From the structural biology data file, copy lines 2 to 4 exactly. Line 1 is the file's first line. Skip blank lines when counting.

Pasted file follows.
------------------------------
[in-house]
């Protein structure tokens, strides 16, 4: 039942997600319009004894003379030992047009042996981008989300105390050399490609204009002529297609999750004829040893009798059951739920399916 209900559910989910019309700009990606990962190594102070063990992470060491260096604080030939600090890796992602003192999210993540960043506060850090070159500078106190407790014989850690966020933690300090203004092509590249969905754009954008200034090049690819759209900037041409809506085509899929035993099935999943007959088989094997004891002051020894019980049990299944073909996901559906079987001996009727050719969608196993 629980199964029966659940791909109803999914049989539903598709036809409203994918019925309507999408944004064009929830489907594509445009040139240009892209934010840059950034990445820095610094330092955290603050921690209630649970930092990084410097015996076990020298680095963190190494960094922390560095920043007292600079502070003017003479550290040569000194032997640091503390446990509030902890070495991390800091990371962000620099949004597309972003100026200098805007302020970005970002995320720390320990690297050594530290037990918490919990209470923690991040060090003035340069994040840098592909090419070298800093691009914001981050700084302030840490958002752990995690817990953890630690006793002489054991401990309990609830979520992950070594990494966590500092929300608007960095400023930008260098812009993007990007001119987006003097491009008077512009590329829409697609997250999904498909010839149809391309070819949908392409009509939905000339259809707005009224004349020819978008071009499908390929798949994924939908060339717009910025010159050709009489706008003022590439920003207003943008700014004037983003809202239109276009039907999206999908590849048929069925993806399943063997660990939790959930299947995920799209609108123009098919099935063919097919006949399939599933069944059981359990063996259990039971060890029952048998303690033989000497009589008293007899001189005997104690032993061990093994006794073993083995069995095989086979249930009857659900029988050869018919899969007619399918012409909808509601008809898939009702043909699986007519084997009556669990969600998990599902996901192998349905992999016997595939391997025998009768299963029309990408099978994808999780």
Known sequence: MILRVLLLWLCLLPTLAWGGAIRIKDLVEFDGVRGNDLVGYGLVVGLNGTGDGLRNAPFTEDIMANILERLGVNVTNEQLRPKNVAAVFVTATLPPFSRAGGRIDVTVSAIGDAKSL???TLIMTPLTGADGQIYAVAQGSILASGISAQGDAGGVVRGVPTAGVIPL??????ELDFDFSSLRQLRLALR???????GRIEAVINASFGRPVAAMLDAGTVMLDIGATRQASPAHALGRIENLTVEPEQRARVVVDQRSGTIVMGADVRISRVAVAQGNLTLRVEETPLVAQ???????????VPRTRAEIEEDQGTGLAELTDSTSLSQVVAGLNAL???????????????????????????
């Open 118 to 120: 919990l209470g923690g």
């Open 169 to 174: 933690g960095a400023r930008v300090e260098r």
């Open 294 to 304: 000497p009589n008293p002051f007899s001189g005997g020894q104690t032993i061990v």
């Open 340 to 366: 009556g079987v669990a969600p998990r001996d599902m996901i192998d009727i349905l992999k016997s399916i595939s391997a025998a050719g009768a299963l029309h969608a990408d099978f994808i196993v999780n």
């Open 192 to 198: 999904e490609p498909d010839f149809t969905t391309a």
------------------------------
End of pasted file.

């Protein structure tokens, strides 16, 4: 039942997600319009004894003379030992047009042996981008989300105390050399490609204009002529297609999750004829040893009798059951739920399916 209900559910989910019309700009990606990962190594102070063990992470060491260096604080030939600090890796992602003192999210993540960043506060850090070159500078106190407790014989850690966020933690300090203004092509590249969905754009954008200034090049690819759209900037041409809506085509899929035993099935999943007959088989094997004891002051020894019980049990299944073909996901559906079987001996009727050719969608196993 629980199964029966659940791909109803999914049989539903598709036809409203994918019925309507999408944004064009929830489907594509445009040139240009892209934010840059950034990445820095610094330092955290603050921690209630649970930092990084410097015996076990020298680095963190190494960094922390560095920043007292600079502070003017003479550290040569000194032997640091503390446990509030902890070495991390800091990371962000620099949004597309972003100026200098805007302020970005970002995320720390320990690297050594530290037990918490919990209470923690991040060090003035340069994040840098592909090419070298800093691009914001981050700084302030840490958002752990995690817990953890630690006793002489054991401990309990609830979520992950070594990494966590500092929300608007960095400023930008260098812009993007990007001119987006003097491009008077512009590329829409697609997250999904498909010839149809391309070819949908392409009509939905000339259809707005009224004349020819978008071009499908390929798949994924939908060339717009910025010159050709009489706008003022590439920003207003943008700014004037983003809202239109276009039907999206999908590849048929069925993806399943063997660990939790959930299947995920799209609108123009098919099935063919097919006949399939599933069944059981359990063996259990039971060890029952048998303690033989000497009589008293007899001189005997104690032993061990093994006794073993083995069995095989086979249930009857659900029988050869018919899969007619399918012409909808509601008809898939009702043909699986007519084997009556669990969600998990599902996901192998349905992999016997595939391997025998009768299963029309990408099978994808999780």
Known sequence: MILRVLLLWLCLLPTLAWGGAIRIKDLVEFDGVRGNDLVGYGLVVGLNGTGDGLRNAPFTEDIMANILERLGVNVTNEQLRPKNVAAVFVTATLPPFSRAGGRIDVTVSAIGDAKSL???TLIMTPLTGADGQIYAVAQGSILASGISAQGDAGGVVRGVPTAGVIPL??????ELDFDFSSLRQLRLALR???????GRIEAVINASFGRPVAAMLDAGTVMLDIGATRQASPAHALGRIENLTVEPEQRARVVVDQRSGTIVMGADVRISRVAVAQGNLTLRVEETPLVAQ???????????VPRTRAEIEEDQGTGLAELTDSTSLSQVVAGLNAL???????????????????????????
């Open 118 to 120: 919990l209470g923690g």